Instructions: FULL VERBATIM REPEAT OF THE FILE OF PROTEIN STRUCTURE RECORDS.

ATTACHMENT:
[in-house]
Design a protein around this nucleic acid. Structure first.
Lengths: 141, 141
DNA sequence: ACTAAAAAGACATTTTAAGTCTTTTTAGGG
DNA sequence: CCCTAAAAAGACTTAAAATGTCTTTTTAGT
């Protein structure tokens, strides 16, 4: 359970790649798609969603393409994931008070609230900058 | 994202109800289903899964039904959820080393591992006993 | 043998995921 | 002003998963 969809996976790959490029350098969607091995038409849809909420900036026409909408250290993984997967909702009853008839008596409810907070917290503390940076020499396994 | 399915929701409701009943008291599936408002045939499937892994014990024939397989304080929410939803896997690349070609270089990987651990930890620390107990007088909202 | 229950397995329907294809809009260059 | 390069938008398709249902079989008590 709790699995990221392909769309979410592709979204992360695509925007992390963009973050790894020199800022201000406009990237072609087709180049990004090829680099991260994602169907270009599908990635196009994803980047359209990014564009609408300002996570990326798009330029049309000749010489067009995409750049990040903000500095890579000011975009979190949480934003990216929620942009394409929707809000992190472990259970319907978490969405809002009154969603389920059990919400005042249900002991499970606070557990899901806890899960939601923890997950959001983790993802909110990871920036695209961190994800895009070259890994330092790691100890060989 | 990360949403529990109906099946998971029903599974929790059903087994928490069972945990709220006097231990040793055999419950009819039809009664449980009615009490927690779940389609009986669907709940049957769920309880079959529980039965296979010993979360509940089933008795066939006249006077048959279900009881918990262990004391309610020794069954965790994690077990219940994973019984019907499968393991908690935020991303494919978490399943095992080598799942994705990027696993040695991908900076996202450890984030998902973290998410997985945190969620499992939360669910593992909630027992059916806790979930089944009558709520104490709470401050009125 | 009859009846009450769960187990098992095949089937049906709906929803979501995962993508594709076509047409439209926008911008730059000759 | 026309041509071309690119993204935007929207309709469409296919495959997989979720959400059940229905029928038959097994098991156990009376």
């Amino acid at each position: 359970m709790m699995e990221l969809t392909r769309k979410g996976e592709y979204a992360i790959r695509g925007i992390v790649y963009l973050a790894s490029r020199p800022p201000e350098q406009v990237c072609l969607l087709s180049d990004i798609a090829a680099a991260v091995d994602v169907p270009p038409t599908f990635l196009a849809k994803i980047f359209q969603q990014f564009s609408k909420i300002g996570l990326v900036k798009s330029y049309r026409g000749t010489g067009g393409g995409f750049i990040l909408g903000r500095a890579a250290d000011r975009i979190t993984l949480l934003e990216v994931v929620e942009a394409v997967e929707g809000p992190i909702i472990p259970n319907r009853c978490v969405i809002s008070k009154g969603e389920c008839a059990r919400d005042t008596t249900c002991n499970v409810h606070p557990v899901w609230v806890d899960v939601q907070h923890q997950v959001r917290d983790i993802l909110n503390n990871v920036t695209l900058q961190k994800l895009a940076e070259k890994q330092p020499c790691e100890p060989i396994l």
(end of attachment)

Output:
[in-house]
Design a protein around this nucleic acid. Structure first.
Lengths: 141, 141
DNA sequence: ACTAAAAAGACATTTTAAGTCTTTTTAGGG
DNA sequence: CCCTAAAAAGACTTAAAATGTCTTTTTAGT
């Protein structure tokens, strides 16, 4: 359970790649798609969603393409994931008070609230900058 | 994202109800289903899964039904959820080393591992006993 | 043998995921 | 002003998963 969809996976790959490029350098969607091995038409849809909420900036026409909408250290993984997967909702009853008839008596409810907070917290503390940076020499396994 | 399915929701409701009943008291599936408002045939499937892994014990024939397989304080929410939803896997690349070609270089990987651990930890620390107990007088909202 | 229950397995329907294809809009260059 | 390069938008398709249902079989008590 709790699995990221392909769309979410592709979204992360695509925007992390963009973050790894020199800022201000406009990237072609087709180049990004090829680099991260994602169907270009599908990635196009994803980047359209990014564009609408300002996570990326798009330029049309000749010489067009995409750049990040903000500095890579000011975009979190949480934003990216929620942009394409929707809000992190472990259970319907978490969405809002009154969603389920059990919400005042249900002991499970606070557990899901806890899960939601923890997950959001983790993802909110990871920036695209961190994800895009070259890994330092790691100890060989 | 990360949403529990109906099946998971029903599974929790059903087994928490069972945990709220006097231990040793055999419950009819039809009664449980009615009490927690779940389609009986669907709940049957769920309880079959529980039965296979010993979360509940089933008795066939006249006077048959279900009881918990262990004391309610020794069954965790994690077990219940994973019984019907499968393991908690935020991303494919978490399943095992080598799942994705990027696993040695991908900076996202450890984030998902973290998410997985945190969620499992939360669910593992909630027992059916806790979930089944009558709520104490709470401050009125 | 009859009846009450769960187990098992095949089937049906709906929803979501995962993508594709076509047409439209926008911008730059000759 | 026309041509071309690119993204935007929207309709469409296919495959997989979720959400059940229905029928038959097994098991156990009376």
């Amino acid at each position: 359970m709790m699995e990221l969809t392909r769309k979410g996976e592709y979204a992360i790959r695509g925007i992390v790649y963009l973050a790894s490029r020199p800022p201000e350098q406009v990237c072609l969607l087709s180049d990004i798609a090829a680099a991260v091995d994602v169907p270009p038409t599908f990635l196009a849809k994803i980047f359209q969603q990014f564009s609408k909420i300002g996570l990326v900036k798009s330029y049309r026409g000749t010489g067009g393409g995409f750049i990040l909408g903000r500095a890579a250290d000011r975009i979190t993984l949480l934003e990216v994931v929620e942009a394409v997967e929707g809000p992190i909702i472990p259970n319907r009853c978490v969405i809002s008070k009154g969603e389920c008839a059990r919400d005042t008596t249900c002991n499970v409810h606070p557990v899901w609230v806890d899960v939601q907070h923890q997950v959001r917290d983790i993802l909110n503390n990871v920036t695209l900058q961190k994800l895009a940076e070259k890994q330092p020499c790691e100890p060989i396994l």